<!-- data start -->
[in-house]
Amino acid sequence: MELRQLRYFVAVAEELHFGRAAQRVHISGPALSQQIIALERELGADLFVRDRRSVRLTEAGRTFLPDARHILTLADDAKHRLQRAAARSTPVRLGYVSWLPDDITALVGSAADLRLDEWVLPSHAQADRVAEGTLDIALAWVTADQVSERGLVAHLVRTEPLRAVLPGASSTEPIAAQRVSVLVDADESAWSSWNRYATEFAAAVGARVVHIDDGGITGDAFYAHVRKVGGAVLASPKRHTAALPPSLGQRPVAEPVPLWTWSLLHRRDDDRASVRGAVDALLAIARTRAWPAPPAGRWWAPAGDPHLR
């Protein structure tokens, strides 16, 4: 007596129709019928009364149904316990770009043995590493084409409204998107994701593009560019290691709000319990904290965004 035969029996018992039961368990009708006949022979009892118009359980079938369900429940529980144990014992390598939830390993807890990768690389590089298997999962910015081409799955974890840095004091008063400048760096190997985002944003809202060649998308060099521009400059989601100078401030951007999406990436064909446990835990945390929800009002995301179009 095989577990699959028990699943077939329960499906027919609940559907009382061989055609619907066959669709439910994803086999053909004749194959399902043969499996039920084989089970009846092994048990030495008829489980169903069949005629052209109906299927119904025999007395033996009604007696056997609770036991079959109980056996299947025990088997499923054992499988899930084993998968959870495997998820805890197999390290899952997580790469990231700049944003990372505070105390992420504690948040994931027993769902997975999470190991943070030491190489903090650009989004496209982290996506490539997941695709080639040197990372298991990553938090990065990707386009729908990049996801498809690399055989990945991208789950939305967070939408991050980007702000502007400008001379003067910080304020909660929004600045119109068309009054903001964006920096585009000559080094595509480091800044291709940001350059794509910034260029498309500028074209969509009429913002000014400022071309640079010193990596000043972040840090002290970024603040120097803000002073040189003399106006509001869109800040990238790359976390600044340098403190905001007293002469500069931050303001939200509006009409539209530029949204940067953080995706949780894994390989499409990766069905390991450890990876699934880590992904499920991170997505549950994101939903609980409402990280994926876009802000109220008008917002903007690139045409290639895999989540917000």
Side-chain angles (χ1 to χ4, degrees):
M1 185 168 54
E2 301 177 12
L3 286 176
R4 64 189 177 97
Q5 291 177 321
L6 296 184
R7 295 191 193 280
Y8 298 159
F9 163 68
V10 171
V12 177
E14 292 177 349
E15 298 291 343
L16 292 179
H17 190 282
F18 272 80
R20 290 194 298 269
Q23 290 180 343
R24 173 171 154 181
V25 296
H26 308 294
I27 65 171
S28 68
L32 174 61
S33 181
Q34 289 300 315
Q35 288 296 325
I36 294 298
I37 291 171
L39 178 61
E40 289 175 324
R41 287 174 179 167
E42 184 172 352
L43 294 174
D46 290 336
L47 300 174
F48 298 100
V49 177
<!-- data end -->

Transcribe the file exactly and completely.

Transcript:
[in-house]
Amino acid sequence: MELRQLRYFVAVAEELHFGRAAQRVHISGPALSQQIIALERELGADLFVRDRRSVRLTEAGRTFLPDARHILTLADDAKHRLQRAAARSTPVRLGYVSWLPDDITALVGSAADLRLDEWVLPSHAQADRVAEGTLDIALAWVTADQVSERGLVAHLVRTEPLRAVLPGASSTEPIAAQRVSVLVDADESAWSSWNRYATEFAAAVGARVVHIDDGGITGDAFYAHVRKVGGAVLASPKRHTAALPPSLGQRPVAEPVPLWTWSLLHRRDDDRASVRGAVDALLAIARTRAWPAPPAGRWWAPAGDPHLR
């Protein structure tokens, strides 16, 4: 007596129709019928009364149904316990770009043995590493084409409204998107994701593009560019290691709000319990904290965004 035969029996018992039961368990009708006949022979009892118009359980079938369900429940529980144990014992390598939830390993807890990768690389590089298997999962910015081409799955974890840095004091008063400048760096190997985002944003809202060649998308060099521009400059989601100078401030951007999406990436064909446990835990945390929800009002995301179009 095989577990699959028990699943077939329960499906027919609940559907009382061989055609619907066959669709439910994803086999053909004749194959399902043969499996039920084989089970009846092994048990030495008829489980169903069949005629052209109906299927119904025999007395033996009604007696056997609770036991079959109980056996299947025990088997499923054992499988899930084993998968959870495997998820805890197999390290899952997580790469990231700049944003990372505070105390992420504690948040994931027993769902997975999470190991943070030491190489903090650009989004496209982290996506490539997941695709080639040197990372298991990553938090990065990707386009729908990049996801498809690399055989990945991208789950939305967070939408991050980007702000502007400008001379003067910080304020909660929004600045119109068309009054903001964006920096585009000559080094595509480091800044291709940001350059794509910034260029498309500028074209969509009429913002000014400022071309640079010193990596000043972040840090002290970024603040120097803000002073040189003399106006509001869109800040990238790359976390600044340098403190905001007293002469500069931050303001939200509006009409539209530029949204940067953080995706949780894994390989499409990766069905390991450890990876699934880590992904499920991170997505549950994101939903609980409402990280994926876009802000109220008008917002903007690139045409290639895999989540917000």
Side-chain angles (χ1 to χ4, degrees):
M1 185 168 54
E2 301 177 12
L3 286 176
R4 64 189 177 97
Q5 291 177 321
L6 296 184
R7 295 191 193 280
Y8 298 159
F9 163 68
V10 171
V12 177
E14 292 177 349
E15 298 291 343
L16 292 179
H17 190 282
F18 272 80
R20 290 194 298 269
Q23 290 180 343
R24 173 171 154 181
V25 296
H26 308 294
I27 65 171
S28 68
L32 174 61
S33 181
Q34 289 300 315
Q35 288 296 325
I36 294 298
I37 291 171
L39 178 61
E40 289 175 324
R41 287 174 179 167
E42 184 172 352
L43 294 174
D46 290 336
L47 300 174
F48 298 100
V49 177